Violence shouldn’t be funny, but sometimes you can’t help but laugh. When I was working in a bookstore, a big heavy book fell on my good friend Maura’s head and my first reaction was to laugh. Then I asked if she was OK, and she was just fine, and then my boss scolded me for laughing even though I couldn’t help it and I quickly asked if Maura was OK and she was. But I get why my boss scolded me. Even though the violence in The Limey is fictional and intentionally funny I still feel a little guilty laughing at it, and it makes me think of that big heavy book falling on Maura’s head.

What I thought I wanted wasn’t what I wanted. What I thought I was thinkin’ about was something else… Bide your time, and everything becomes clear, and you can act accordingly.

In a scene originally filmed for Ken Loach’s Poor Cow, Wilson performs Donovan’s “Colours” and sings that the word “freedom” reminds him of the time when he was loved. Screenwriter Lem Dobbs wonders if “Memory is the path not taken.” Soderbergh says The Limey‘s essentially about the look on Terence Stamp’s face when he realizes the truth behind his daughter’s death. The Limey reminds me of so many things I remember and a few other things I don’t remember.

*From the filmmaker’s commentary track of The Limey DVD. Like other commentaries for Soderbergh-directed DVDs (particularly Schizopolis), this track is itself a work of art. Aside from simply offering many valuable insights into the creation of a great film, the actual form of the commentary reflects The Limey‘s themes (memory fragmentation, reality layers, dimensions of choice), as well as playfully deconstructing the concept of DVD commentaries.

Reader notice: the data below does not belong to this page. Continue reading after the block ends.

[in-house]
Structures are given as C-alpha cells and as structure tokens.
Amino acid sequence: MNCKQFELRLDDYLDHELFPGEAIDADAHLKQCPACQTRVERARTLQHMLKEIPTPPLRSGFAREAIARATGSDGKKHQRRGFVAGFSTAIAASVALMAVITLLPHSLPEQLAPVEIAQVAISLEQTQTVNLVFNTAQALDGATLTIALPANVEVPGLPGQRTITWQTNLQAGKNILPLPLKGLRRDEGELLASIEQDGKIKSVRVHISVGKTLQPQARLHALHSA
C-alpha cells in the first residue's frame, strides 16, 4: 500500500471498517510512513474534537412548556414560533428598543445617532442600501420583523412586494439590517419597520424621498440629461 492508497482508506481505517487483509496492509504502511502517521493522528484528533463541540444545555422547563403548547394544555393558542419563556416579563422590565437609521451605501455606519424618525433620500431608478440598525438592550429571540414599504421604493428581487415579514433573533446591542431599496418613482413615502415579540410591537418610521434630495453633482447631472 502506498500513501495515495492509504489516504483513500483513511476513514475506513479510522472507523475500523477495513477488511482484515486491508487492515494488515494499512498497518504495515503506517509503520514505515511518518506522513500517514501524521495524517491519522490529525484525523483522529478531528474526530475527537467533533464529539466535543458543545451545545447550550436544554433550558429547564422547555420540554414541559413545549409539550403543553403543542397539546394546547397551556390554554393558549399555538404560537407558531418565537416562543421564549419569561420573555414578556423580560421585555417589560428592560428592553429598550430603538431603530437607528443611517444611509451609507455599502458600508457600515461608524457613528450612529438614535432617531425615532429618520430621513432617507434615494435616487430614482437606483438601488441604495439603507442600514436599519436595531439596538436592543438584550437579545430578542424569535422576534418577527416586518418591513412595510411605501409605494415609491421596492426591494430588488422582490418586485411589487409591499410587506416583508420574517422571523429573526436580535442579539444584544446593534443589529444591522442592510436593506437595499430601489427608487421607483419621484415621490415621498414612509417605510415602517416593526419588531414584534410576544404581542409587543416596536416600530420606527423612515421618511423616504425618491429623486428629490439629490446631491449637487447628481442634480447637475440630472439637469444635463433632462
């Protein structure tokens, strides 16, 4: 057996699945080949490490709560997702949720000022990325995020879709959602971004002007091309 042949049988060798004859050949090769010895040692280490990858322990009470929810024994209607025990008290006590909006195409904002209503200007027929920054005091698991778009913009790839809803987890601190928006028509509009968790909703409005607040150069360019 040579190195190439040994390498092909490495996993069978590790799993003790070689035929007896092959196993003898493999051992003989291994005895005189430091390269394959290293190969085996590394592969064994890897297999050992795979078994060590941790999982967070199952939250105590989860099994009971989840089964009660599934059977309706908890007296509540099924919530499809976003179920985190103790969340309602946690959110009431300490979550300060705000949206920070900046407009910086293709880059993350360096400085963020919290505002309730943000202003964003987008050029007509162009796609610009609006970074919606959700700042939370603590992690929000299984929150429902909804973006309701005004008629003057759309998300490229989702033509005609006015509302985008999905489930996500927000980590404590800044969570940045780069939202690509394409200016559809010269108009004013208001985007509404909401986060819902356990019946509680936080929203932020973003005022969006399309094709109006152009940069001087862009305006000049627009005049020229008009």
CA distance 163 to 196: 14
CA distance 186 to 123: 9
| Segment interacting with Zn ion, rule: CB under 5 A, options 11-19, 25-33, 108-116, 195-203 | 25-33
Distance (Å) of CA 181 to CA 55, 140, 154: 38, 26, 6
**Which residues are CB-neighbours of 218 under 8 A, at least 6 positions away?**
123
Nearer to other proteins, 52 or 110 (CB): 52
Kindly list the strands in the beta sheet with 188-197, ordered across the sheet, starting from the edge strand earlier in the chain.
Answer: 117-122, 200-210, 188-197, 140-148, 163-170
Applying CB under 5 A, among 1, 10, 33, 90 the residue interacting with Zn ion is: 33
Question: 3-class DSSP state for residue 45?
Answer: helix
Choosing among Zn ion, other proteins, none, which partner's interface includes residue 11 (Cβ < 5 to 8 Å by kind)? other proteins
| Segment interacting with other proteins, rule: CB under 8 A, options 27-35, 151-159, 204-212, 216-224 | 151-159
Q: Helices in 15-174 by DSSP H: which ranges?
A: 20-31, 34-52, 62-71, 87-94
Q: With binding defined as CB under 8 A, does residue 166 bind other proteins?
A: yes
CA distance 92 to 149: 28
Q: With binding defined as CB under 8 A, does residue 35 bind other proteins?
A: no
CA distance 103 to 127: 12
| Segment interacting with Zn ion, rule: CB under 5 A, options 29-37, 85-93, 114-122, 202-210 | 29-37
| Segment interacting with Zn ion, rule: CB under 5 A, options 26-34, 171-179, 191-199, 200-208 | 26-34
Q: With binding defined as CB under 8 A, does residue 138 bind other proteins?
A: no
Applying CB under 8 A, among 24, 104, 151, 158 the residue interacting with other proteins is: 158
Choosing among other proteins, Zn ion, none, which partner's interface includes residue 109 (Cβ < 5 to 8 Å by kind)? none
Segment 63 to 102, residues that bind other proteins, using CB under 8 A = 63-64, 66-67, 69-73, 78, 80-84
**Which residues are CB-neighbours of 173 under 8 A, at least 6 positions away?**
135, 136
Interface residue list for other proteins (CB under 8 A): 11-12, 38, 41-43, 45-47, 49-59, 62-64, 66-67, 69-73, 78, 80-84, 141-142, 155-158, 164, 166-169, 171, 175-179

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Steven Soderbergh’s keynote to the San Francisco International Film Festival is a worthwhile read, a kind of “State Of The Medium” address by a maybe-retiring director (oh please God no) who’s balanced artistic integrity and commercial success far better than most of his peers. Soderbergh’s speech is lengthy enough to seem substantial, yet concise enough to feel breezy. My favorite excerpt:

…Given all the incredible suffering in the world I wonder, what is art for, really? If the collected works of Shakespeare can’t prevent genocide then really, what is it for? Shouldn’t we be spending the time and resources alleviating suffering and helping other people instead of going to the movies and plays and art installations? When we did Ocean’s Thirteen the casino set used $60,000 of electricity every week. How do you justify that? Do you justify that by saying, the people who could’ve had that electricity are going to watch the movie for two hours and be entertained – except they probably can’t, because they don’t have any electricity, because we used it. Then I think, what about all the resources spent on all the pieces of entertainment? What about the carbon footprint of getting me here? Then I think, why are you even thinking that way and worrying about how many miles per gallon my car gets, when we have NASCAR, and monster truck pulls on TV? So what I finally decided was, art is simply inevitable. It was on the wall of a cave in France 30,000 years ago, and it’s because we are a species that’s driven by narrative. Art is storytelling, and we need to tell stories to pass along ideas and information, and to try and make sense out of all this chaos. And sometimes when you get a really good artist and a compelling story, you can almost achieve that thing that’s impossible which is entering the consciousness of another human being – literally seeing the world the way they see it. Then, if you have a really good piece of art and a really good artist, you are altered in some way, and so the experience is transformative and in the minute you’re experiencing that piece of art, you’re not alone. You’re connected to the arts. So I feel like that can’t be too bad.

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Steven Soderbergh is so cool he made his 1999 movie in 1996.  (The Limey, Soderbergh’s actual 1999 movie, is still very 1999, and will be discussed here eventually.)  Schizopolis has so many great scenes, but this one knows all the faces of my soul: